When the America Invents Act became law, it established a statutory penalty of $400 for the practitioner who failed to e-file a new patent application. ($200 for small entities.) This might best be understood as a Congressional mandate to the USPTO to do whatever was needed to ensure that a backup e-filing server would always be available even if the main e-filing server were to crash.
It will be recalled that there was a massive system outage at the USPTO starting on August 15, 2018. Despite numerous reminders in 2014, 2015, and 2016 to the USPTO to take steps to move the backup server physically away from the main server, USPTO failed to do so, and as a consequence the system outage took down the backup server as well as the main server. During the massive system outage, practitioners thus had no choice but to file their new patent applications on paper. These applications were filed by Priority Mail Express (Rule 10) or were hand-carried to the USPTO. Each such application thus incurred the $400 penalty.
Of course one wishes that USPTO would refund the penalty given that it was USPTO’s fault, not that of the practitioner, that the filer failed to e-file. But during the previous outages, the USPTO had taken the position that because the $400 was statutory, not rule-based, then its hands were tied and it was impossible to refund the $400. During the August 2018 outage, however, Director Iancu posted a message that the USPTO was working on a way to give back the $400. I wondered (blog article) how the USPTO would finesse this.
Now USPTO has posted a Federal Register notice that establishes a policy for getting the $400 back. This blog article discusses the notice and explains how to actually get the money back.
So here are the detailed steps to follow to get the $400 back.
- First, you have to make sure that the outage that forced you to pay the $400 was an outage for which the USPTO has posted a mea culpa on its web site. The August 2018 outage is such an outage. And, common sense tells you, you have to make sure your paper-filed case was filed during the specified mea culpa time period (here, August 15-23).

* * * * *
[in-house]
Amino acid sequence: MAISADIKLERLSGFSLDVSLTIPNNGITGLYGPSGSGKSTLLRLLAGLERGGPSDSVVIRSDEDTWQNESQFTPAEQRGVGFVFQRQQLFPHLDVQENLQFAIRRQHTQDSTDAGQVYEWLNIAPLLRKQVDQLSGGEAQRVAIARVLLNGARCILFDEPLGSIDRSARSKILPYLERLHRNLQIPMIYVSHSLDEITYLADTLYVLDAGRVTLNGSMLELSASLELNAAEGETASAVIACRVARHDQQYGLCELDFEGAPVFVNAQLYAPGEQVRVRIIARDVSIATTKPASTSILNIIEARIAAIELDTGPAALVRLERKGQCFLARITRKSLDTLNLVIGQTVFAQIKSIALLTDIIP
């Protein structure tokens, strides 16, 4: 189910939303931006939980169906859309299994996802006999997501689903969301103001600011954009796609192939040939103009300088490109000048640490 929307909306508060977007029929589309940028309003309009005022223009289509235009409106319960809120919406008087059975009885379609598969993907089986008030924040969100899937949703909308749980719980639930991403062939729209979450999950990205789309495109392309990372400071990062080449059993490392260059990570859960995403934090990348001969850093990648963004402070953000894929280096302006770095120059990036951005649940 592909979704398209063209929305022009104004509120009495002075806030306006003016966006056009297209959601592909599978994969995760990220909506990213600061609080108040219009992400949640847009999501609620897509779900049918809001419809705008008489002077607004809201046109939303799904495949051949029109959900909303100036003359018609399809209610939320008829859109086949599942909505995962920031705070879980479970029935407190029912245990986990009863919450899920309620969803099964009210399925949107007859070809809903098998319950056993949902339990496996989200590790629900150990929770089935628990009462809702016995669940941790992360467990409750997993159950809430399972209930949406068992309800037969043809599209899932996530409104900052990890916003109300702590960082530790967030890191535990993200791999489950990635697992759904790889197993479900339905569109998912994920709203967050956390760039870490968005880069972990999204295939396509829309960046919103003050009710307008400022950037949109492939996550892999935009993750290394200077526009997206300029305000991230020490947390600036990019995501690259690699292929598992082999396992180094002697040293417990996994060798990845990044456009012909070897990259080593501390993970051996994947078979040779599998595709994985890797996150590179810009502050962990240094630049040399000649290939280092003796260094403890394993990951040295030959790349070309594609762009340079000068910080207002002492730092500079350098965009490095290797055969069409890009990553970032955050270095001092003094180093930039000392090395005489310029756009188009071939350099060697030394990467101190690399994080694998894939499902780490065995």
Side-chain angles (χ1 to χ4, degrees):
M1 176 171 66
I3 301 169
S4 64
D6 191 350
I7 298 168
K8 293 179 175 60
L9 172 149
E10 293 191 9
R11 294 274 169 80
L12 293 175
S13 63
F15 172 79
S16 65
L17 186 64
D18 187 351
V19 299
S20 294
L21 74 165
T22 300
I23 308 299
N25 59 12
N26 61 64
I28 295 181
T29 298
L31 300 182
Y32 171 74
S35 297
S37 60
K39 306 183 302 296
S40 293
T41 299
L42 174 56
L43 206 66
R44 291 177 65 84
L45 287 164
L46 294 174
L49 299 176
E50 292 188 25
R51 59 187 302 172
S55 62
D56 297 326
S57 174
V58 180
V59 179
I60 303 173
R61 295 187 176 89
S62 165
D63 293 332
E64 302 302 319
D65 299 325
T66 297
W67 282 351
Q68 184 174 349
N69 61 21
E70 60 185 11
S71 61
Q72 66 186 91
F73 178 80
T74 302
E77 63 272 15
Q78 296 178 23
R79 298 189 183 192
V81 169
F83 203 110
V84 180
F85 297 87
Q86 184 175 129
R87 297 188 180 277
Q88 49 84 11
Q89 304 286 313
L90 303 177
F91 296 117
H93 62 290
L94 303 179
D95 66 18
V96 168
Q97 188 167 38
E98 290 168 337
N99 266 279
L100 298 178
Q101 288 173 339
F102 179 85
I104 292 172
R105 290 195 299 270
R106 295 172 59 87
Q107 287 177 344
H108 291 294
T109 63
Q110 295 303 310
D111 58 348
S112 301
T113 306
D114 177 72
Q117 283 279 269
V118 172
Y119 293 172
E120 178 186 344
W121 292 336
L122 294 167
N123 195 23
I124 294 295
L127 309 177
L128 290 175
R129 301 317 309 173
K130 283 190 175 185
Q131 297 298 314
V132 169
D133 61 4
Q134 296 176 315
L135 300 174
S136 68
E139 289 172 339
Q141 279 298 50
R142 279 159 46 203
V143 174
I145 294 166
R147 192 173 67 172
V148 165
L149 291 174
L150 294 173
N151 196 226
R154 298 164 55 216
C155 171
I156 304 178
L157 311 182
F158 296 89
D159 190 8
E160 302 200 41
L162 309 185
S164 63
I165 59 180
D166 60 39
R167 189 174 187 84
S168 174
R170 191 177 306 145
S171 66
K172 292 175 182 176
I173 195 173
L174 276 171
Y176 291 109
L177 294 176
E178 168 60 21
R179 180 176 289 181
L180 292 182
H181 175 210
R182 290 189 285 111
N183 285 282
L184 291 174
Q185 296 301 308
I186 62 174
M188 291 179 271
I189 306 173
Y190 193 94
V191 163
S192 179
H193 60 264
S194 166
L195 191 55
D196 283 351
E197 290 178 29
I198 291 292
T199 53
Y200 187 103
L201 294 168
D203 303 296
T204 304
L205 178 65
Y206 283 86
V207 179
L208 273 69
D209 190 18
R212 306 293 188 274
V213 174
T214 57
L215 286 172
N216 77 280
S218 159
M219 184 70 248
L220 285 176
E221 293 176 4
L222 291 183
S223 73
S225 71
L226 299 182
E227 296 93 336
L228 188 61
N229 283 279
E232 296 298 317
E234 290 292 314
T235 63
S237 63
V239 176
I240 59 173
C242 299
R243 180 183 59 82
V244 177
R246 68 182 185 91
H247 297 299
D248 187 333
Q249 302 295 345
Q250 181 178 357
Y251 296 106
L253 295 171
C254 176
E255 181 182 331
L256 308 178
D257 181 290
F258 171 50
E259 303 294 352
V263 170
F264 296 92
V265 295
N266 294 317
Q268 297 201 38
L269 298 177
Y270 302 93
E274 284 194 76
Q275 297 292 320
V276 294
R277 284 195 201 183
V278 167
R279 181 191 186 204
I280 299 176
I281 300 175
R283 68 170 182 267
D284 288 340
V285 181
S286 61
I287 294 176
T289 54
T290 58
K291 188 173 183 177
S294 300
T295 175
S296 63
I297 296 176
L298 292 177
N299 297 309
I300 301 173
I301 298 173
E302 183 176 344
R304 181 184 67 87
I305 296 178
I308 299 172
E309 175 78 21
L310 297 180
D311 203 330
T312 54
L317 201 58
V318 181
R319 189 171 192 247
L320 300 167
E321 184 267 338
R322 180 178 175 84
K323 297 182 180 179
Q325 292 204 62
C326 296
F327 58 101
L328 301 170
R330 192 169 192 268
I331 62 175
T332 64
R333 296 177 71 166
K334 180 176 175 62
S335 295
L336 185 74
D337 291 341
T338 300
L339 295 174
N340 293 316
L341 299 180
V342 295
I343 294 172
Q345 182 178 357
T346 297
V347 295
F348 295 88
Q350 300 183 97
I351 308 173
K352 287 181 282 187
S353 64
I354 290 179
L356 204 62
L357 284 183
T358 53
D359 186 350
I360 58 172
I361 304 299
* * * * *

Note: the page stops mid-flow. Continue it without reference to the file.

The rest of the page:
- Second, you have to wait until USPTO gets around to telling you the actual application number of your paper-filed patent application. In this webinar I describe how to find out your application number. Briefly, the options that might work include:
- looking in Financial Manager,
- looking at your credit card bill,
- looking at the back of your canceled check,
- waiting for the application to turn up in Private PAIR, and
- waiting for a physical Filing Receipt or Notice of Missing Parts to show up in the mail.
- Once you find out the application number, then you e-file the application all over again. You e-file it in EFS-Web (or, if the outage is a long time from now, in the successor system which is going to be called Patent Center). Importantly, you e-file it as a follow-on filing (in the same application number as your paper case), not as a new application. You also file a statement that the e-filed application is a true and correct copy of the paper-filed application.
- USPTO now has a form PTO/SB/448 for this purpose. The document description should be “Refund Request for Papers Filed During a Designated Outage”.
- At this point, you request a refund of the $400. Or if you have not yet paid the $400 but USPTO has mailed a Notice that you must pay it, you request that the Notice be canceled.
- You cannot wait forever to do this e-filing and this requesting. If the situation is that you already paid the $400, then you must do the e-filing and the requesting within one month of the mailing date of the Filing Receipt. If the situation is that you have not yet paid the $400, then you must do the e-filing and the requesting within the period for reply from the Notice asking for the $400.